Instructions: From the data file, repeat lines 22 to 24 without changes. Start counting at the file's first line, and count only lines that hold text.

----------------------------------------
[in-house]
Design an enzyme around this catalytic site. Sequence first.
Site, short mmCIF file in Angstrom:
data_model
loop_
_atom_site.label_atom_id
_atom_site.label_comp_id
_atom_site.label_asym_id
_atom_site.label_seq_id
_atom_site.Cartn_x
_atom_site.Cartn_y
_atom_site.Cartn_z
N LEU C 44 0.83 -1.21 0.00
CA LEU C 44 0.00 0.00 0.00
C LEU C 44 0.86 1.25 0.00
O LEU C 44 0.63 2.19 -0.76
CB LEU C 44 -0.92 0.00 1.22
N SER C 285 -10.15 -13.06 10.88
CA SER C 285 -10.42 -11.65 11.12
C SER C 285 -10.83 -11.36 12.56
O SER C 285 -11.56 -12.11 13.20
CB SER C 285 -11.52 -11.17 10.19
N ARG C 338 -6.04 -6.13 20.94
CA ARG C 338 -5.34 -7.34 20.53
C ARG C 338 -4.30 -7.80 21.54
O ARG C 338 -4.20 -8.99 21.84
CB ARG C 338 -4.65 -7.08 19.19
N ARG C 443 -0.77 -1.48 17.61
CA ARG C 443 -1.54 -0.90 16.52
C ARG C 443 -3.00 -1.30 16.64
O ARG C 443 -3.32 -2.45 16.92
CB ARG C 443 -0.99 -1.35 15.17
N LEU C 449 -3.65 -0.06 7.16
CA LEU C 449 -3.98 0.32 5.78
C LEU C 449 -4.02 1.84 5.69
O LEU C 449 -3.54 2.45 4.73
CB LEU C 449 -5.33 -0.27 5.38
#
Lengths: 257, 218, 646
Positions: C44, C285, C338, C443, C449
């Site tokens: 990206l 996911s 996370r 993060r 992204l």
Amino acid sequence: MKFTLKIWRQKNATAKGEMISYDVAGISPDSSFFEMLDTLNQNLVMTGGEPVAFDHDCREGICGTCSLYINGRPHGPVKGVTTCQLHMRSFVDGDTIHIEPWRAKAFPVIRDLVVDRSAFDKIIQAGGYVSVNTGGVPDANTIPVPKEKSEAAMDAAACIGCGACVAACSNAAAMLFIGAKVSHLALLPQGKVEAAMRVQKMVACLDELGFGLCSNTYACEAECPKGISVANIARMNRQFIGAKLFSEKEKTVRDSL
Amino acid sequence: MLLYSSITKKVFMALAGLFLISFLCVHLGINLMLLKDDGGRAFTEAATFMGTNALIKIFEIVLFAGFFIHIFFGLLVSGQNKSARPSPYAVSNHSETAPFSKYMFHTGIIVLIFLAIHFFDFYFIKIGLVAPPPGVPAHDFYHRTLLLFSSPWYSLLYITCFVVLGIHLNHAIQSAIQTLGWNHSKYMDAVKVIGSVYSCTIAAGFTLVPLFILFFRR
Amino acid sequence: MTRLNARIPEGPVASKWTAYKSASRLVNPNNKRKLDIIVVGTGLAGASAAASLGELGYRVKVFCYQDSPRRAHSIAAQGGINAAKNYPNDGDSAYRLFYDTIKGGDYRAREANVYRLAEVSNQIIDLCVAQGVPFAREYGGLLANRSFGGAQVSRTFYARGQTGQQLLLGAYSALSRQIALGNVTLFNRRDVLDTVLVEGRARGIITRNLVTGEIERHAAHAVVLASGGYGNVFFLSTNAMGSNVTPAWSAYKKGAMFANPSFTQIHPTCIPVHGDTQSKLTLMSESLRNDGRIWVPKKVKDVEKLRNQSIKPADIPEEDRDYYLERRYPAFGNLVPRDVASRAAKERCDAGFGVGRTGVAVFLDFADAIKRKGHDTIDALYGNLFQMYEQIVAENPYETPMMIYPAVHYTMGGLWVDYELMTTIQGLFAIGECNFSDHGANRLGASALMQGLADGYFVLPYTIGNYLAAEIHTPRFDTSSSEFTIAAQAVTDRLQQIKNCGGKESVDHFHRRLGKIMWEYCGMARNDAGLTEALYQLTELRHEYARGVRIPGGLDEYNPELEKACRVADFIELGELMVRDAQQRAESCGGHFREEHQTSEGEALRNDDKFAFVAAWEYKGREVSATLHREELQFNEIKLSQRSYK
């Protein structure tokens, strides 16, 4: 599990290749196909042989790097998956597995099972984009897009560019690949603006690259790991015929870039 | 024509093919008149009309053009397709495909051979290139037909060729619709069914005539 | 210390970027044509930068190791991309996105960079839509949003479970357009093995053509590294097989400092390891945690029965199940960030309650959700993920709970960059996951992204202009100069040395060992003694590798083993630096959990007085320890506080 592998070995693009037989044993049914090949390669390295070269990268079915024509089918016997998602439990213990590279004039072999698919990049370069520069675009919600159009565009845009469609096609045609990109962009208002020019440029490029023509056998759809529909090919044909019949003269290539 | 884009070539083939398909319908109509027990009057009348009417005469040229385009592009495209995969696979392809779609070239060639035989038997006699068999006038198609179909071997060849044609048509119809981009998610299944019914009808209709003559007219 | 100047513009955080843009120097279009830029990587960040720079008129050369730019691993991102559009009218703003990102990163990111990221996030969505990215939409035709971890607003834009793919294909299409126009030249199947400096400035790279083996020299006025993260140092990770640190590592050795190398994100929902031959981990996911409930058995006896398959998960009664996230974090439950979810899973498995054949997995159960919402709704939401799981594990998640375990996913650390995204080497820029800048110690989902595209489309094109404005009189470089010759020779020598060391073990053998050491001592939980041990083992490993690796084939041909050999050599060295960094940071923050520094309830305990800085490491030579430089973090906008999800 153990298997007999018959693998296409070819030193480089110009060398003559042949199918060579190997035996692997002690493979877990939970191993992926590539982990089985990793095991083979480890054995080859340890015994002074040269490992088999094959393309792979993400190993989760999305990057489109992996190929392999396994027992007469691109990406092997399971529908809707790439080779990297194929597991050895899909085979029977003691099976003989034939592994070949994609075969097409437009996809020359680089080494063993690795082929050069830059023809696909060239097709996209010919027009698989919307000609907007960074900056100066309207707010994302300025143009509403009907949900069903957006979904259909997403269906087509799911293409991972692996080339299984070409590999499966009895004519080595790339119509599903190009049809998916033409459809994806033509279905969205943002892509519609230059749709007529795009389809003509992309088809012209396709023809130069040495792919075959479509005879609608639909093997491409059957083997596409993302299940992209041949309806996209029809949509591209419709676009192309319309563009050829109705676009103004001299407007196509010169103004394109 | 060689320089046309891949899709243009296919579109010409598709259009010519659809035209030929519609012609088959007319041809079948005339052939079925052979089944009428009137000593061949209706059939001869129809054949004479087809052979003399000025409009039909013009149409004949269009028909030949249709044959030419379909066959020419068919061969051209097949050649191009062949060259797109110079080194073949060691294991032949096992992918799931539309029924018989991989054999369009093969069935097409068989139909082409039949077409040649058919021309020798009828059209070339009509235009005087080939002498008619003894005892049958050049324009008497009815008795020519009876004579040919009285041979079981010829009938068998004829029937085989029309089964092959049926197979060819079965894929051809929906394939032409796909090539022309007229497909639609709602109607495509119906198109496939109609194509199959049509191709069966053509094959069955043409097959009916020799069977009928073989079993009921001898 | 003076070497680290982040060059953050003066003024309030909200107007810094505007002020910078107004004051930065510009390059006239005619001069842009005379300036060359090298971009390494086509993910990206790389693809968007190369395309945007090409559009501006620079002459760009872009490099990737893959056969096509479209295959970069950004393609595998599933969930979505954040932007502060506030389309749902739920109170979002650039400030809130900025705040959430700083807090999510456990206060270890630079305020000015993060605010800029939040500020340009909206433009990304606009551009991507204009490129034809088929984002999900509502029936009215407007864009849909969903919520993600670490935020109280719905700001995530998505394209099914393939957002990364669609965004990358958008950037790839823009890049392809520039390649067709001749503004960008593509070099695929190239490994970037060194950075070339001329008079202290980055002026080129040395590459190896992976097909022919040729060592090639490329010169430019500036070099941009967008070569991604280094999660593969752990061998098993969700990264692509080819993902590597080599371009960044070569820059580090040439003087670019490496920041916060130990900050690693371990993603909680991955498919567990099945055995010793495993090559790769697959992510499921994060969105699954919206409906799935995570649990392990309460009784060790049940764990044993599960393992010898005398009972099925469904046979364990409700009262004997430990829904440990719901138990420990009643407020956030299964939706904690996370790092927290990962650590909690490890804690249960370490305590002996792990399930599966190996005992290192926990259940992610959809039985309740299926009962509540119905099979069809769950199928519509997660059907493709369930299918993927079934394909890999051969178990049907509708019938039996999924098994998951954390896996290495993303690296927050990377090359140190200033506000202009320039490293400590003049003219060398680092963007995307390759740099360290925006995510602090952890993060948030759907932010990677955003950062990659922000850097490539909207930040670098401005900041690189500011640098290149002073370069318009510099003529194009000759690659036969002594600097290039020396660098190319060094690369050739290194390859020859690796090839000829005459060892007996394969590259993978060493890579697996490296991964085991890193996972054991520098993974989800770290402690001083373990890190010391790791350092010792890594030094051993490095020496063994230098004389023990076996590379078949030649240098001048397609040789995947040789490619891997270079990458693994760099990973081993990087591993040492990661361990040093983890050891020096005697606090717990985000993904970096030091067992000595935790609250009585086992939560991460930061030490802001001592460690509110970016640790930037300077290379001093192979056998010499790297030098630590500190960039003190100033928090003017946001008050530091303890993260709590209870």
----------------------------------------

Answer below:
CB SER C 285 -11.52 -11.17 10.19
N ARG C 338 -6.04 -6.13 20.94
CA ARG C 338 -5.34 -7.34 20.53